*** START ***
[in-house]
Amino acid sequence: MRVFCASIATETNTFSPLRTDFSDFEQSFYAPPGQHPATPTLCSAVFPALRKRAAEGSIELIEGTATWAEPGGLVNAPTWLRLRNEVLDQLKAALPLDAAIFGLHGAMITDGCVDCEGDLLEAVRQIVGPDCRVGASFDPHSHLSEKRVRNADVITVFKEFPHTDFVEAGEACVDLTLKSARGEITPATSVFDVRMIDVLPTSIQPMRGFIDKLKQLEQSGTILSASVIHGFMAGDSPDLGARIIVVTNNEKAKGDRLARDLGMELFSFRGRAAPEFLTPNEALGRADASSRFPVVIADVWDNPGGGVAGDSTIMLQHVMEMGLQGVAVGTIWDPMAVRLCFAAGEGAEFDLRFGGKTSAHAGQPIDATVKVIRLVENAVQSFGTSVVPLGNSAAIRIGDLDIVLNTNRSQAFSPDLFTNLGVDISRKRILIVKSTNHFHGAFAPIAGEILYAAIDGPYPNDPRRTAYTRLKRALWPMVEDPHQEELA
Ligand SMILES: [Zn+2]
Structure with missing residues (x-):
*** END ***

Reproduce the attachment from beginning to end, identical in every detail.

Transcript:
[in-house]
Amino acid sequence: MRVFCASIATETNTFSPLRTDFSDFEQSFYAPPGQHPATPTLCSAVFPALRKRAAEGSIELIEGTATWAEPGGLVNAPTWLRLRNEVLDQLKAALPLDAAIFGLHGAMITDGCVDCEGDLLEAVRQIVGPDCRVGASFDPHSHLSEKRVRNADVITVFKEFPHTDFVEAGEACVDLTLKSARGEITPATSVFDVRMIDVLPTSIQPMRGFIDKLKQLEQSGTILSASVIHGFMAGDSPDLGARIIVVTNNEKAKGDRLARDLGMELFSFRGRAAPEFLTPNEALGRADASSRFPVVIADVWDNPGGGVAGDSTIMLQHVMEMGLQGVAVGTIWDPMAVRLCFAAGEGAEFDLRFGGKTSAHAGQPIDATVKVIRLVENAVQSFGTSVVPLGNSAAIRIGDLDIVLNTNRSQAFSPDLFTNLGVDISRKRILIVKSTNHFHGAFAPIAGEILYAAIDGPYPNDPRRTAYTRLKRALWPMVEDPHQEELA
Ligand SMILES: [Zn+2]
Structure with missing residues (x-):